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How the Bail Bond System Works

A bail bond is the surety placed against the return of the defendant to the court. Bail bonds find their origin in English law at a time when the time between an arrest and a trial was long and often resulted in the escape or death of the defendant for which the sheriff was held responsible. The basic idea behind a bail bond was that the collateral posted by friends and family would ensure the defendantís appearance at the trial. This was also beneficial to those who were innocent of the crime they were charged for as they did not have to bear the punishment of unjust imprisonment.

In the United States there are two types of laws that regulate bail bonds: federal laws and state laws, and they are applicable according to the type of crime committed and in the area it is committed. Different states have their own ways of governing bail bonds. Usually bail is granted by a judge; though in some states approved officers of the law and judiciary also can serve the same purpose. Bail is granted according to the seriousness of the crime and the individualís criminal history. In most states bail bondsmen can work only when they are licensed. For this the basic requirement is that one be an American of 18 years or more with a stipulated number of hours of study of bail bonds laws. Also the individual should not have been committed of felony and should have adequate financial resources to assure the court. Conduct of a bail bondsman is covered by a code of ethics that specifies how the individual should handle his or her interaction with defendants.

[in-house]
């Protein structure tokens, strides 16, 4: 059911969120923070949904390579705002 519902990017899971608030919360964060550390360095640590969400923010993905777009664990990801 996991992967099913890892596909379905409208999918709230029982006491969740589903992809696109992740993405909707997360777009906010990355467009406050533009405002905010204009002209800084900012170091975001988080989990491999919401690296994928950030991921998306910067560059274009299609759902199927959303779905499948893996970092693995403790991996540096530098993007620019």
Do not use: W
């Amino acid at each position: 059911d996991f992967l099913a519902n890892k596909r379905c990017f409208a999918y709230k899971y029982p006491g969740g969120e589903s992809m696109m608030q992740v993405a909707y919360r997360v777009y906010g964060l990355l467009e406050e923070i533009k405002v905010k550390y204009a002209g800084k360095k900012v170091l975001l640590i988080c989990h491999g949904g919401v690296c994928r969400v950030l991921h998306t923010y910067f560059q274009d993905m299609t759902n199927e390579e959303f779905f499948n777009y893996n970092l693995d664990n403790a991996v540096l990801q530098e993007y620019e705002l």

While one can also post bail on their own it is usually recommended to seek out the assistance of a bail bondsman as one you donít have to tie up your own finances and two, he or she is more familiar with the stateís bail bond laws and thus is more efficient. A premium fee of 10 -15% is charged  by the bail bondsman.

Collateral used to get the bail bond is recovered only after the defendant appears for trial. This may include property, jewelry, boats, etc. If the defendant skips bail or does not turn up for the trial the bail bondsman can arrest him or get a licensed official to do so on his behalf. Such an arrest is considered as part of the original arrest for which bail was granted. While some states allow bounty hunters or bail enforcers who can be hired to track down defendants and bring them in others donít. A bail agent may withdraw bail at any point if he or she feel that the defendant may skip bail. Some of the different types of bail bonds include surety bond wherein the bail bondsman assures the court that the defendant will appear for trial, property bonds, cash bonds, for immigration bonds a causality insurance license is required, and own recognizance bond in which a defendant is released without any bail money and is held honor bound to appear for the trial.

 

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Last modified: 01.10.2014